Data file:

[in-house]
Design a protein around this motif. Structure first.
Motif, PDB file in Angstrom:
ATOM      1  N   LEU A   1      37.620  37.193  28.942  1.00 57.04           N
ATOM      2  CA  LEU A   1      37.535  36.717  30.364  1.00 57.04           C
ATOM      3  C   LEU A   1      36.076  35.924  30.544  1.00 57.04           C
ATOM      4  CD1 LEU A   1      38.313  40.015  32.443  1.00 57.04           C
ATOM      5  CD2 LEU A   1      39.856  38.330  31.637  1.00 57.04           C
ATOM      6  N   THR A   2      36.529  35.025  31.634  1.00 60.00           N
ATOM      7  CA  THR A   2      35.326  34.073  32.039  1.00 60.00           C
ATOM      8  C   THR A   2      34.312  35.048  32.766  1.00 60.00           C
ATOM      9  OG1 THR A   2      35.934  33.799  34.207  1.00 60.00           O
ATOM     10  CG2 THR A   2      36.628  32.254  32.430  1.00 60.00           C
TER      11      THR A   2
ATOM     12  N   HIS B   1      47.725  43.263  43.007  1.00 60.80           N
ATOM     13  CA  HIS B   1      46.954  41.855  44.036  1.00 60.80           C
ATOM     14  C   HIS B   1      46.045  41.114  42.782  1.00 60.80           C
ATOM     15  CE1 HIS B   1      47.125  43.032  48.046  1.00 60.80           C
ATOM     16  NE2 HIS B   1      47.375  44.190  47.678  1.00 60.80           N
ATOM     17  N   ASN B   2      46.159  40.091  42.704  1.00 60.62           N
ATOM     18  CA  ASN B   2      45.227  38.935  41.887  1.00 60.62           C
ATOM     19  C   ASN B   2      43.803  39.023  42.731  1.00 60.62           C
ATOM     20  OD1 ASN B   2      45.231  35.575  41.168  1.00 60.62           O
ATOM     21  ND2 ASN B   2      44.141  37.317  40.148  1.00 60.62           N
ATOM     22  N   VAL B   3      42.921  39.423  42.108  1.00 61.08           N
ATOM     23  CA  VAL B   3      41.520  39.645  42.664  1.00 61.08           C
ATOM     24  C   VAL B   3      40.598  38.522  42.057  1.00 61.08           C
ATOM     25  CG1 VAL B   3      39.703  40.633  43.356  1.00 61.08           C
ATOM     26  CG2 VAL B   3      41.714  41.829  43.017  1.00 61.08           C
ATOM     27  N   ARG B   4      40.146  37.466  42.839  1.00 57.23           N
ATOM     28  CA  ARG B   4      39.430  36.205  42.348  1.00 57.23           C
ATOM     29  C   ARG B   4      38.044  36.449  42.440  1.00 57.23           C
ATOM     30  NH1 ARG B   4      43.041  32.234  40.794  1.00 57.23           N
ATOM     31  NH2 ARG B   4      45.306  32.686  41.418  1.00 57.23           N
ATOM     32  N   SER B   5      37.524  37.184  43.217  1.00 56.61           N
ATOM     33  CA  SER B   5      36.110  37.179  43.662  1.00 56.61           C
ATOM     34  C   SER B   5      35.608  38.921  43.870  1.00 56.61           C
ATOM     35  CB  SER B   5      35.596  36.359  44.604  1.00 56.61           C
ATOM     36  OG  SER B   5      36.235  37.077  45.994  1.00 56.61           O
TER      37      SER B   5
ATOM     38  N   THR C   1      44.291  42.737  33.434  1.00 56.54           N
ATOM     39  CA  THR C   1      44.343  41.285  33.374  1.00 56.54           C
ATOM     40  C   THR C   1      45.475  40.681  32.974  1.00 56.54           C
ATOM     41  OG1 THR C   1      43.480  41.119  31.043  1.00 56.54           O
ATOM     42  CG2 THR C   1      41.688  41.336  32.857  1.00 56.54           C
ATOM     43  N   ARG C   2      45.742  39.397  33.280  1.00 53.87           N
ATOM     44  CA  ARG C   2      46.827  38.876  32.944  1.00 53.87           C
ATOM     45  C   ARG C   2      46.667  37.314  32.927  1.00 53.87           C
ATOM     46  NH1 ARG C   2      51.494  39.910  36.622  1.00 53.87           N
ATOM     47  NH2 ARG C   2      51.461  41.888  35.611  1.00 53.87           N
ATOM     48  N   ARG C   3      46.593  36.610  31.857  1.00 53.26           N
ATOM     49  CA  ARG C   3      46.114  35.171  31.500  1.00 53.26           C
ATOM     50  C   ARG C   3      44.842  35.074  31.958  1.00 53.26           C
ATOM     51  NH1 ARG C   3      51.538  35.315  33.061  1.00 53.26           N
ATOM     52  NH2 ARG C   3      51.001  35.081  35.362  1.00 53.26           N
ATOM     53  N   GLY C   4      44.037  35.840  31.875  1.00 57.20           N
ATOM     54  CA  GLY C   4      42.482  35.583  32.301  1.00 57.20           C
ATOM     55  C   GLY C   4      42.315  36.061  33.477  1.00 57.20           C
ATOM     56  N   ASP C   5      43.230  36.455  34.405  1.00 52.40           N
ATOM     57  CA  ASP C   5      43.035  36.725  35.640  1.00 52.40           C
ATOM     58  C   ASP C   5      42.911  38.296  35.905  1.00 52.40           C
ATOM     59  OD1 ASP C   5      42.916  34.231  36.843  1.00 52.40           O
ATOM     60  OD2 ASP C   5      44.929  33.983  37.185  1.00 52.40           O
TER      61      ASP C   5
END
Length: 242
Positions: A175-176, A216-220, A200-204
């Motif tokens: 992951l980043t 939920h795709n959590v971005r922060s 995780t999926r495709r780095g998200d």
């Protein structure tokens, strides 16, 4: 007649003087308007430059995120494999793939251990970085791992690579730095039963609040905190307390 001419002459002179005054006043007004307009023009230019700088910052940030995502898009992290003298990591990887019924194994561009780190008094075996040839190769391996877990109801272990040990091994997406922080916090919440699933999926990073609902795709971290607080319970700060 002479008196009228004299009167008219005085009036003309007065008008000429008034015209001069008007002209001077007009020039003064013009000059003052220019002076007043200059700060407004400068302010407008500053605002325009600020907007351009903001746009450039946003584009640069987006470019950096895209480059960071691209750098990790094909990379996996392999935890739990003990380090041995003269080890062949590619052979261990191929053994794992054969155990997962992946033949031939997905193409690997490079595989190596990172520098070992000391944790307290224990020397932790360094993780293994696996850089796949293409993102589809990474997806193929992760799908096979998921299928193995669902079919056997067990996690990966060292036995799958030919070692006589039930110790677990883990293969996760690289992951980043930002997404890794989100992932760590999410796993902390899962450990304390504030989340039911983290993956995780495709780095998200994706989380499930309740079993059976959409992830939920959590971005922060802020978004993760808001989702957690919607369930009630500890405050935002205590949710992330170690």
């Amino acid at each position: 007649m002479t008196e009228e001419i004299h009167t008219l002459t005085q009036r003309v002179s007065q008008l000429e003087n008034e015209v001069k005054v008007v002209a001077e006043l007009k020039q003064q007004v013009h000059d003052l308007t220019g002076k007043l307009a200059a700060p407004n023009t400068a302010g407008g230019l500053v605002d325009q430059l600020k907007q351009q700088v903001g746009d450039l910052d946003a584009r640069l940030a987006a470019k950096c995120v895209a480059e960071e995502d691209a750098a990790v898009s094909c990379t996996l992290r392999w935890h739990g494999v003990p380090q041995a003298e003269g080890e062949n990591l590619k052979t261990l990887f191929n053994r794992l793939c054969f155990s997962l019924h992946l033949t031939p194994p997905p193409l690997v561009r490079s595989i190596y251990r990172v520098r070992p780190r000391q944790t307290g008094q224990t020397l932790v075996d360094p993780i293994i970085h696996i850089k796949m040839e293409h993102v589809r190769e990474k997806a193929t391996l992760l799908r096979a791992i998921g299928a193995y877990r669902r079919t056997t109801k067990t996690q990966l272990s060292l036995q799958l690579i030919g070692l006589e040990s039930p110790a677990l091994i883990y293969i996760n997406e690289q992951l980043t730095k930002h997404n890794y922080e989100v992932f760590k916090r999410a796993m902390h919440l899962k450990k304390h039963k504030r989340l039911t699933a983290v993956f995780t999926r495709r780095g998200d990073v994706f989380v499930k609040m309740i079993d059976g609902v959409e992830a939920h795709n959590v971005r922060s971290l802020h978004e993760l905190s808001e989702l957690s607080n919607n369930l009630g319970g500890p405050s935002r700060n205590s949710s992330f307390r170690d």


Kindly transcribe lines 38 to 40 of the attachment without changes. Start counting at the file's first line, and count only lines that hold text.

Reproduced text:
ATOM     35  CB  SER B   5      35.596  36.359  44.604  1.00 56.61           C
ATOM     36  OG  SER B   5      36.235  37.077  45.994  1.00 56.61           O
TER      37      SER B   5